Jered Weaver set to return from disabled list Wednesday

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After making it through another bullpen session today without any issues, Jered Weaver was cleared to make his return from the disabled list Wednesday against the Giants.

Weaver has been sidelined since May 28 due to a lower back strain. While a minor league rehab start won’t be necessary, the Angels will ease him back into action. According to Mike DiGiovanna of the Los Angeles Times, he’ll be limited to 80-90 pitches in his return.

Weaver, 29, has a 2.61 ERA and 57/15 K/BB ratio in 11 starts this season. The Angels were hovering around the .500 mark at the time of his injury, but open play tonight at 36-31, four games behind the Rangers in the American League West.

A-Rod to join ESPN’s Sunday Night Baseball booth

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Alex Rodriguez’s post-retirement renaissance continues apace. After starring as a studio host for Fox’s playoff coverage over the past couple of years, A-Rod is about to be named to, arguably, televised baseball’s top job: color commentary in ESPN’s Sunday Night Baseball booth.

Michael McCarthy of The Sporting News is hearing that ESPN is going to give the gig, vacated by Aaron Boone by virtue of his hiring by the Yankees, to Rodriguez. There he’ll join Jessica Mendoza and whoever they get to replace play-by-play man Dan Shulman, who chose to step back from the Sunday night job following last season. This, by the way, marks the second time A-Rod has taken over Aaron Boone’s job given that he replaced Boone at third base for the Yankees in 2004.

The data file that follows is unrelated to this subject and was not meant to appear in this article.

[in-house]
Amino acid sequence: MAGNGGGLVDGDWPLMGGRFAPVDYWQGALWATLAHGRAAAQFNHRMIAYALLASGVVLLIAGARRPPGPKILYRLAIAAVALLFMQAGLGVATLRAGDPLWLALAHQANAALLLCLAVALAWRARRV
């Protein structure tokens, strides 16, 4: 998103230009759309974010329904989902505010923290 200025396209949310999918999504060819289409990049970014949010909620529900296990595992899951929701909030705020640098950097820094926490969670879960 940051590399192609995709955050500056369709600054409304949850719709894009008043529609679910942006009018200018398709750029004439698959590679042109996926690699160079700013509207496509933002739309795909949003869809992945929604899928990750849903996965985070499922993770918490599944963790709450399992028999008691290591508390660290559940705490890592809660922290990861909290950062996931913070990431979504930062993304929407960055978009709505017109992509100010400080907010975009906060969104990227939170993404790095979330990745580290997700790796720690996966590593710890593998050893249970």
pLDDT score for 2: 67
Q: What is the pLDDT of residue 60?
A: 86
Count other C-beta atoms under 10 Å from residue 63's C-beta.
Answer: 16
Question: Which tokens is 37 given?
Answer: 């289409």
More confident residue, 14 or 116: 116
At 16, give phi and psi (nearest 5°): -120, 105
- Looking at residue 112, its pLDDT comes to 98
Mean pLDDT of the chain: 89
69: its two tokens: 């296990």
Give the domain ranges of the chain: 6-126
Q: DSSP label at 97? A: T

The twist: A-Rod is likely to keep his Fox postseason job too. While some broadcasters work for multiple networks, it’s pretty rare for Fox to allow its talents to work for competitors like that. Apparently they believe keeping A-Rod — who five years ago was one of the most despised figures in baseball — is worth it. What a difference a few years makes.

In other news, Alex Rodriguez is likely to be shunned mightily by the current crop of BBWAA voters when he hits the Hall of Fame ballot in a couple of years. At the rate he’s going, though, their successors will put him in Cooperstown via the Ford Frick Award sometime in the 2040s.